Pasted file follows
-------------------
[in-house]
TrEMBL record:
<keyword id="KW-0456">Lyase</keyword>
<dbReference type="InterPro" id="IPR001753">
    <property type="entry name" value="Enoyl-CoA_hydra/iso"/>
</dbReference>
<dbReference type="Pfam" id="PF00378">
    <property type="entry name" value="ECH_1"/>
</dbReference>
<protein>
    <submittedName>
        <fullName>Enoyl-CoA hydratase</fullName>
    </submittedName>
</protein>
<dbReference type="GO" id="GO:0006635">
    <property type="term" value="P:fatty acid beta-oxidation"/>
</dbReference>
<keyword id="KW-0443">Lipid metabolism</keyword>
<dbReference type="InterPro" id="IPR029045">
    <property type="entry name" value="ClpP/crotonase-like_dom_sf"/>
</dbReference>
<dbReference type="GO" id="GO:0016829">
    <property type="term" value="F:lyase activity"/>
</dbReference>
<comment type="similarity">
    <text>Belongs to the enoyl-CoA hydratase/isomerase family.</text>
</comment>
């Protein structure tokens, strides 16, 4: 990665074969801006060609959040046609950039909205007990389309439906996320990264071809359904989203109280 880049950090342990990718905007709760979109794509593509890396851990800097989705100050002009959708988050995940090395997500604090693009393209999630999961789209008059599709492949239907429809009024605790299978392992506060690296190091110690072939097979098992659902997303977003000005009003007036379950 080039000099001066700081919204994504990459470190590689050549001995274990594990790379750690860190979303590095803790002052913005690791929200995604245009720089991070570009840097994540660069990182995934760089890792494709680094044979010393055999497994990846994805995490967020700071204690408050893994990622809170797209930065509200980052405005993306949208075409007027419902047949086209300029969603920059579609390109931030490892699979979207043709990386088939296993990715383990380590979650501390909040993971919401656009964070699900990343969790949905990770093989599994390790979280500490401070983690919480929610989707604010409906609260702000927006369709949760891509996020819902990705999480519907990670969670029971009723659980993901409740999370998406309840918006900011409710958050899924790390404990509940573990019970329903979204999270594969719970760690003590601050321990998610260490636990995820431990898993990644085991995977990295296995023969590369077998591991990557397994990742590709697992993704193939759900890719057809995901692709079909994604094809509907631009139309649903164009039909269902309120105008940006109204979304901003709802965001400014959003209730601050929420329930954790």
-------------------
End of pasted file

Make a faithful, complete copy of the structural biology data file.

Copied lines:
[in-house]
TrEMBL record:
<keyword id="KW-0456">Lyase</keyword>
<dbReference type="InterPro" id="IPR001753">
    <property type="entry name" value="Enoyl-CoA_hydra/iso"/>
</dbReference>
<dbReference type="Pfam" id="PF00378">
    <property type="entry name" value="ECH_1"/>
</dbReference>
<protein>
    <submittedName>
        <fullName>Enoyl-CoA hydratase</fullName>
    </submittedName>
</protein>
<dbReference type="GO" id="GO:0006635">
    <property type="term" value="P:fatty acid beta-oxidation"/>
</dbReference>
<keyword id="KW-0443">Lipid metabolism</keyword>
<dbReference type="InterPro" id="IPR029045">
    <property type="entry name" value="ClpP/crotonase-like_dom_sf"/>
</dbReference>
<dbReference type="GO" id="GO:0016829">
    <property type="term" value="F:lyase activity"/>
</dbReference>
<comment type="similarity">
    <text>Belongs to the enoyl-CoA hydratase/isomerase family.</text>
</comment>
């Protein structure tokens, strides 16, 4: 990665074969801006060609959040046609950039909205007990389309439906996320990264071809359904989203109280 880049950090342990990718905007709760979109794509593509890396851990800097989705100050002009959708988050995940090395997500604090693009393209999630999961789209008059599709492949239907429809009024605790299978392992506060690296190091110690072939097979098992659902997303977003000005009003007036379950 080039000099001066700081919204994504990459470190590689050549001995274990594990790379750690860190979303590095803790002052913005690791929200995604245009720089991070570009840097994540660069990182995934760089890792494709680094044979010393055999497994990846994805995490967020700071204690408050893994990622809170797209930065509200980052405005993306949208075409007027419902047949086209300029969603920059579609390109931030490892699979979207043709990386088939296993990715383990380590979650501390909040993971919401656009964070699900990343969790949905990770093989599994390790979280500490401070983690919480929610989707604010409906609260702000927006369709949760891509996020819902990705999480519907990670969670029971009723659980993901409740999370998406309840918006900011409710958050899924790390404990509940573990019970329903979204999270594969719970760690003590601050321990998610260490636990995820431990898993990644085991995977990295296995023969590369077998591991990557397994990742590709697992993704193939759900890719057809995901692709079909994604094809509907631009139309649903164009039909269902309120105008940006109204979304901003709802965001400014959003209730601050929420329930954790």